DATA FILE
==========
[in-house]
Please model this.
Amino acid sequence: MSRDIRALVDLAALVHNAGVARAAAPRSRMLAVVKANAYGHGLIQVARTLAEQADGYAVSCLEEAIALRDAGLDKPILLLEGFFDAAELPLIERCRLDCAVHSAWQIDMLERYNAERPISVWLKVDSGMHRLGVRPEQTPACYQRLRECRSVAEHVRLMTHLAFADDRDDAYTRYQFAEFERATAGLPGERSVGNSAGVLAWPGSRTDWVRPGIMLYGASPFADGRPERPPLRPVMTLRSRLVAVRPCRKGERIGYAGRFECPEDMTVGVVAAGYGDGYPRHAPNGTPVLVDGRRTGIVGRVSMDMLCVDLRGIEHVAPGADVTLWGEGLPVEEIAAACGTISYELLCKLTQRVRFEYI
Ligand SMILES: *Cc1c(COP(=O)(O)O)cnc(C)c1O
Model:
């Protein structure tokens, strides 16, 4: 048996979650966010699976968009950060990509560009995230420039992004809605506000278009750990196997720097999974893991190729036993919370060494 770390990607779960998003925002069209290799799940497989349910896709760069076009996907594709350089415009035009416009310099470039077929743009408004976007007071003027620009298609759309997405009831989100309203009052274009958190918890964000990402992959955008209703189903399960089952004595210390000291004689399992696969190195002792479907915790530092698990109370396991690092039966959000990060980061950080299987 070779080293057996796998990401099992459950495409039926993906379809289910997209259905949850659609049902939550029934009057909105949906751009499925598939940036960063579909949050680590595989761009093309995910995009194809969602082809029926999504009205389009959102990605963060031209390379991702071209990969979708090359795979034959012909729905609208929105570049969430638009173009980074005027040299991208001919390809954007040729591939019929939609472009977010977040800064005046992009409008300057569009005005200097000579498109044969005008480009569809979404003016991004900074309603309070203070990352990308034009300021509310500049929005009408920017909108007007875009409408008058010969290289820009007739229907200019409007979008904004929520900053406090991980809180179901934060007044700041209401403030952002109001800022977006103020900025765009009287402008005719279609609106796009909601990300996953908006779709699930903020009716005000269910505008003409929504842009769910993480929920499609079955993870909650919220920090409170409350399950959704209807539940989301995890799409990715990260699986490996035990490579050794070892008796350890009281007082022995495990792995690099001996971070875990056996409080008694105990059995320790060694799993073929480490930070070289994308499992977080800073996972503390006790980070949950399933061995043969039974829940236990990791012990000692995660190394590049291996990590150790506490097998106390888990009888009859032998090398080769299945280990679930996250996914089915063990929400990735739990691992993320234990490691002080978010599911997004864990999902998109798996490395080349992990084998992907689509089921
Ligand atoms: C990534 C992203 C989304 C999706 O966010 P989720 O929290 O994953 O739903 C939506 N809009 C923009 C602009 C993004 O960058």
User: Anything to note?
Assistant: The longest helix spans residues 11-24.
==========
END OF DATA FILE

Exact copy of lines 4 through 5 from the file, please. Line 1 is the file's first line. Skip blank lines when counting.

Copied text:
Ligand SMILES: *Cc1c(COP(=O)(O)O)cnc(C)c1O
Model: